The first kohanim (priests) were Aaron (Moses' older brother) and his four sons. Together with their future descendents, they were chosen by G-d to conduct the service in the Sanctuary as representatives of the entire people of Israel. Due to his sanctified position as a minister serving in G-ds Temple, the kohen may not come in contact with the dead, his body must be unblemished, certain marriages are prohibited to him, etc.
You may not have heard the story of the fellow who visits his rabbi and begs him to make him a kohen. He just has to belong to the priestly tribe and he's prepared to pay the rabbi any amount of money for the honor. The rabbi patiently explains that neither he nor anyone else can make the man a kohen. It is simply not in the province of the rabbinate to do these things. The fellow is desperate. He offers the rabbi a huge donation if he would only grant him this one favor. The rabbi is exasperated but intrigued and asks the man why it is so important to him that he be made a kohen. The guy answers: "Rabbi, my father was a kohen, my grandfather was a kohen, I just have to become a kohen!"
The truth is that as funny as a born kohen wanting to buy his way into his own family may sound, being a kohen is no joke.
In my own experience, I have been involved in a number of human tragedies which emanated from Jewish ignorance about the role of a kohen and the regulations which pertain to members of the priestly tribe.
While cemetery conduct and protocol for a male kohen is a very important mitzvah, failure to comply with these regulations is between him and G-d. It does not affect anyone else, at least not in any earthly, tangible form.
However, when it comes to marriage choices there is always someone else involved and, subsequently, very much affected.
Some tragedies are unavoidable. When terror strikes, G-d forbid, it may be impossible to stay out of harms way. Illness is not something any sane person consciously chooses. But the most frustrating tragedy of all is one that was avoidable. And when ignorance of our traditions leads to human pain and anguish, then familiarizing ourselves with those traditions could go a long way towards preventing tragedy from happening in the first place.
Picture the scene. A young man announces his engagement and arrives at the synagogue to book his wedding. The rabbi discovers that he is a kohen and his fiancé is a divorcee, convert, someone previously married out of the faith, or perhaps the daughter of a non-Jewish father. Very sensitively, he advises the young couple that there may be a halachic impediment to their union being solemnized "in accordance with the law of Moses and Israel."
The Torah in, Parshas Vayikrah, gives us the basic laws governing whom a kohen may and may not marry. If he is indeed a genuine kohen and she does, in fact, belong to one of the above-mentioned categories, we have a problem.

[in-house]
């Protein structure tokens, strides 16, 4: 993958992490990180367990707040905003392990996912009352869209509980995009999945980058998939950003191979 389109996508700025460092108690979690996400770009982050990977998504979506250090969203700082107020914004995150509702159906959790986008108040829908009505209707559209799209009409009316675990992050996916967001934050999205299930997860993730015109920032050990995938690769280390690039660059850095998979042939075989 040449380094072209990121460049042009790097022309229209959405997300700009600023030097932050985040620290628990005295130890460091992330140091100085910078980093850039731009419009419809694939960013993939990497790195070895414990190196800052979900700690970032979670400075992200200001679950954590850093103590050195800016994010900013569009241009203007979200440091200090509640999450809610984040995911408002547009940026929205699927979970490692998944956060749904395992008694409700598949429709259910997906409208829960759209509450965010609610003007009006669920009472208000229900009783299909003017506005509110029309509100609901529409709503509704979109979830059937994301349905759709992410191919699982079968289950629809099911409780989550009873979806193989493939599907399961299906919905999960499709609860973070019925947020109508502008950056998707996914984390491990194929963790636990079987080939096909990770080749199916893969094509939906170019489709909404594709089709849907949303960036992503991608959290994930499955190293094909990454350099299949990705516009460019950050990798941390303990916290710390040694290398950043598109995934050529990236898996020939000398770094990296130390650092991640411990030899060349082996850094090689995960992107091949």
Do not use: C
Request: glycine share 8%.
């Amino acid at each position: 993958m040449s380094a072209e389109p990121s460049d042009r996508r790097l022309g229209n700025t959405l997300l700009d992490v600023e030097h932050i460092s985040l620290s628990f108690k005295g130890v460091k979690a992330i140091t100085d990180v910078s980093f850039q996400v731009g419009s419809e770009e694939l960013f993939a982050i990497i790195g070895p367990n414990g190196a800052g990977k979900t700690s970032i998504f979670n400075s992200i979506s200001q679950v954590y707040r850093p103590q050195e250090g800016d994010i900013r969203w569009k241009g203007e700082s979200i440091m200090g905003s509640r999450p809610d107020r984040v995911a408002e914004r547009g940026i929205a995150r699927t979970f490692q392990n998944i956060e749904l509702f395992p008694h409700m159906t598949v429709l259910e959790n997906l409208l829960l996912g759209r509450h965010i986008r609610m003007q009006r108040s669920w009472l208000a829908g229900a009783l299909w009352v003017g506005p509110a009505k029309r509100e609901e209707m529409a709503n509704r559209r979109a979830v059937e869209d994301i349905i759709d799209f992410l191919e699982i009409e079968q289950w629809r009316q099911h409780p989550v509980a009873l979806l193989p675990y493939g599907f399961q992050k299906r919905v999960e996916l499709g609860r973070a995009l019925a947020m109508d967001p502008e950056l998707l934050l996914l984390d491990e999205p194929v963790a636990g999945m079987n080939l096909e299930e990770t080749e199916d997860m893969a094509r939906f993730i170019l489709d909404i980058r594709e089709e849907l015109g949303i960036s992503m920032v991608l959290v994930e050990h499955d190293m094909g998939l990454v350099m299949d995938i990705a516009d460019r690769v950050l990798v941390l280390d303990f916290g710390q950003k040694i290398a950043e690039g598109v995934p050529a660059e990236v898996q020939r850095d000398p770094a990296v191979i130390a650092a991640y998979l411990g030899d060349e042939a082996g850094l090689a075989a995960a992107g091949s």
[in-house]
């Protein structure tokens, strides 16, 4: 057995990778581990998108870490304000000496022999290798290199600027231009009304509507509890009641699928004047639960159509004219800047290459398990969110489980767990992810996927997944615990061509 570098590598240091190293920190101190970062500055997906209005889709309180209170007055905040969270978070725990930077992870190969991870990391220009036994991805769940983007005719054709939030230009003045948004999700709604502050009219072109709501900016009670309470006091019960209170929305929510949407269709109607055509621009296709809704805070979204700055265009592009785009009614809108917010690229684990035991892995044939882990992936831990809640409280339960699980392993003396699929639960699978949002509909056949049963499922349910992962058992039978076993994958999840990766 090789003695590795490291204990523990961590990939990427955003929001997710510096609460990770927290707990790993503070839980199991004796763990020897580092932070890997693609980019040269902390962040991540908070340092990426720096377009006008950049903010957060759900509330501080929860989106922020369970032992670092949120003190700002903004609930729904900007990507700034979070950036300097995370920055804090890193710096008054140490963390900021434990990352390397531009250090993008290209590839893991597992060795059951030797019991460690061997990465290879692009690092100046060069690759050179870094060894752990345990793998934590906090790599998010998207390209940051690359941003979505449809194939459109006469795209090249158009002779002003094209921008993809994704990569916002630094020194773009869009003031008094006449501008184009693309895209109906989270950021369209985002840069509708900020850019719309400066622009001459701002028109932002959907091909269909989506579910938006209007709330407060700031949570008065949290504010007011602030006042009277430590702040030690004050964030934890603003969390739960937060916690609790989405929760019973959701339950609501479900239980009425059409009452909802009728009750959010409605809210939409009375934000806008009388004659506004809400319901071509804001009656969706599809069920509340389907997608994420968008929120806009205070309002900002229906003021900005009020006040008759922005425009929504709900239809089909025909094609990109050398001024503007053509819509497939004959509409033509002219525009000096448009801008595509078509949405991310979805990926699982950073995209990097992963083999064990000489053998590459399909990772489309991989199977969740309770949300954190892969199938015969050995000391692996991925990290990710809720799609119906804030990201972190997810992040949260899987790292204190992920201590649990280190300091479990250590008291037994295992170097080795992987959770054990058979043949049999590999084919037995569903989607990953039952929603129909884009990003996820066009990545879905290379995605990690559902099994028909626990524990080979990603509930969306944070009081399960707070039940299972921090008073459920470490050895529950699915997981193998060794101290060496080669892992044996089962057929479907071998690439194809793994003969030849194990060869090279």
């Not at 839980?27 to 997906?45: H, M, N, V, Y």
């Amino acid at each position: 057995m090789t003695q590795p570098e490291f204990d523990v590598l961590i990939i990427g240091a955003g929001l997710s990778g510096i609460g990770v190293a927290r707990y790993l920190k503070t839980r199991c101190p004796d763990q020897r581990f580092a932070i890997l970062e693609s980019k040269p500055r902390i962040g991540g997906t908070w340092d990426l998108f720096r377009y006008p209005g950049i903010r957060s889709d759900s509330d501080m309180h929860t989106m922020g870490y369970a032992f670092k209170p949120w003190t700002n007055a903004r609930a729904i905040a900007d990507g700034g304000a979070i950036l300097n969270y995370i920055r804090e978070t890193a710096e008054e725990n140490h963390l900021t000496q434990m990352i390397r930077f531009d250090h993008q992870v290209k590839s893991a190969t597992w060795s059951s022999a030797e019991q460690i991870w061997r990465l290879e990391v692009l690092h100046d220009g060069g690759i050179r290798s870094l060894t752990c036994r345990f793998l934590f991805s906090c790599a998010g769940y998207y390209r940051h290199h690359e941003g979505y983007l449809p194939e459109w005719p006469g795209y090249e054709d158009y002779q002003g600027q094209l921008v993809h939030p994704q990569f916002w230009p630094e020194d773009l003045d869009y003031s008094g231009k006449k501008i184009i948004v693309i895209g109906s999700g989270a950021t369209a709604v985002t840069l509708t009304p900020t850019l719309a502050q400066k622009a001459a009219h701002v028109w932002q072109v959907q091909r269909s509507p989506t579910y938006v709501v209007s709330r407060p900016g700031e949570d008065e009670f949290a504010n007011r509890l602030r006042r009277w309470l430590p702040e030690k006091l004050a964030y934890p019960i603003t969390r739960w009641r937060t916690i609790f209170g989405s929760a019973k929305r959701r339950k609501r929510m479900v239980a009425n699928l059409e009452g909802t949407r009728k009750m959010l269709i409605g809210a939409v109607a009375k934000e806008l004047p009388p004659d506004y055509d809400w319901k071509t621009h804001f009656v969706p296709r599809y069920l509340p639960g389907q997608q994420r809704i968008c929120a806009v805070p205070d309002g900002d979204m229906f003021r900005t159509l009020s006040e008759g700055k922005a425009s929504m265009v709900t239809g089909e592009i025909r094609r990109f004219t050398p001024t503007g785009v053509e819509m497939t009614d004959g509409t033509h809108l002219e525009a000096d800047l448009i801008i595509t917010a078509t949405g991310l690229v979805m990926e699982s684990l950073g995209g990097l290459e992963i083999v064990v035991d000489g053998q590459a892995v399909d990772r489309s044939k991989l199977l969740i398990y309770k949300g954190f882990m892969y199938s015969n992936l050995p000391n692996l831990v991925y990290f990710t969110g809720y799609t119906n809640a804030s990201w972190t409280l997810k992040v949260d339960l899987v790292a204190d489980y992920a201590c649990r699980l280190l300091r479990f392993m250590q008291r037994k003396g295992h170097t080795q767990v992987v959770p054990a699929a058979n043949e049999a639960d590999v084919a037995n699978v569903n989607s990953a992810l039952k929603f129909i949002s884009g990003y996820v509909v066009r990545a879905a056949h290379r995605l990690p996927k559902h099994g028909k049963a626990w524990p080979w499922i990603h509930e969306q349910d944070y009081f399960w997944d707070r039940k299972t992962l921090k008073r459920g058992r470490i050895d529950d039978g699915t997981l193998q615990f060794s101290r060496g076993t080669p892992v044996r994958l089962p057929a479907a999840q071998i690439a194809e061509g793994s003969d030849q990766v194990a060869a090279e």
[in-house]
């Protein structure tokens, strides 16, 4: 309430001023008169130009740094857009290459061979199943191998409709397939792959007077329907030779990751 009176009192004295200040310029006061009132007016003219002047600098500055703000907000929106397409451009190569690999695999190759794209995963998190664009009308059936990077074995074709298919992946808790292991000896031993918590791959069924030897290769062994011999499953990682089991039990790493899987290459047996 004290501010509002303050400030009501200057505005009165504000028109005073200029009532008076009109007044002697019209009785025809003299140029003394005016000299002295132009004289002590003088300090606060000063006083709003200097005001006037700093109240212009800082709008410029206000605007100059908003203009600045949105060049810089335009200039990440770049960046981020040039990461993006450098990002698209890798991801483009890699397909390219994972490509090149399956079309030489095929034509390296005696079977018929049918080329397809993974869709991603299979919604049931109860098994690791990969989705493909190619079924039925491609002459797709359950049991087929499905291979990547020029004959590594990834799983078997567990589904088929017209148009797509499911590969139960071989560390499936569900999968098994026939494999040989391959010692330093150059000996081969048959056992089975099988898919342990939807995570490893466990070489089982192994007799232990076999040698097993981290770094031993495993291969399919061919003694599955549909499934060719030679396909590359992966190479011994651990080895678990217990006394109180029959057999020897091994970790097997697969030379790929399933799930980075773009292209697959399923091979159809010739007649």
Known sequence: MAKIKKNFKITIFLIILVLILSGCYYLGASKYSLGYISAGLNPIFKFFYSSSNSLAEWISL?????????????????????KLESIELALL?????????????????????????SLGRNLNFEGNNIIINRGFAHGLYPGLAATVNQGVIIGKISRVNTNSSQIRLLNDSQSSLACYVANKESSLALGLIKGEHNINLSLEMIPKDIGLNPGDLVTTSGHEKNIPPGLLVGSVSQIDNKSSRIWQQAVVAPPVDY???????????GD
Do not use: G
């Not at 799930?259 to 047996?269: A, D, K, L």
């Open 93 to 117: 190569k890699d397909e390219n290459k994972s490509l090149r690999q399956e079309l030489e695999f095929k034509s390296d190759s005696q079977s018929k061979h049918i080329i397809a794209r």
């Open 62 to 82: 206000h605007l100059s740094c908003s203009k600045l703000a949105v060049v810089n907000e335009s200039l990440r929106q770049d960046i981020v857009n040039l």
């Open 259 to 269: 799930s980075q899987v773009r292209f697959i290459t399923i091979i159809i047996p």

Now my question is, why in the two or three years of their relationship did this issue never surface? The answer is ignorance. Nobody ever told them that there was a problem.
Who gets the blame? Why, the rabbi, of course. He is accused of being a religious fundamentalist, intolerant, uncaring, rigid and inflexible. Well, let me assure you that my colleagues and I love to be welcoming and accommodating at all times. There are, however, situations when Jewish law and tradition, which to us is sacred and inviolate, may well appear to be standing in the way of human happiness. And we are not empowered to change the law to suit the occasion.
Personally, I say the responsibility to educate our young people about this particular issue lies with their parents. Especially a father who is a kohen and has passed down that lineage to his son has a moral obligation to advise his son of what it means to be a kohen. True, there are privileges, like being the first to be called to the Torah, but there are also responsibilities, like choosing marriage partners very carefully.
These types of pain and misery are absolutely avoidable if we educate our children. Well before they become romantically involved, parents should inform their kids to be discerning in whom they date. In the same way as no intermarriage ever happened without prior inter-dating, no kohen would suffer disappointment over an unsanctioned marriage if he only dated girls he would be able to marry. He shouldnt be hearing about it for the first time when he approaches the rabbi with a wedding date.
Marriage today is a tenuous institution. It is an enormous challenge to remain on the right side of the statistics. If the Torah tells us that a particular union is not kosher, rather than resenting the interference we should consider it as if the Almighty Himself came down and whispered a word of loving advice in our ears: "Trust me; this one is not right for you." Sometimes we think the Torah is standing in the way of our happiness when the reverse is true. In the long run, it may well be protecting both parties from making a serious mistake with life-long ramifications.
The priesthood is as old as the Jewish people. To be a kohen is something no money can buy. Space does not allow me to expand on the subject here. Suffice it to say, it is a very special blessing. Lets make sure that our children never consider that blessing a curse.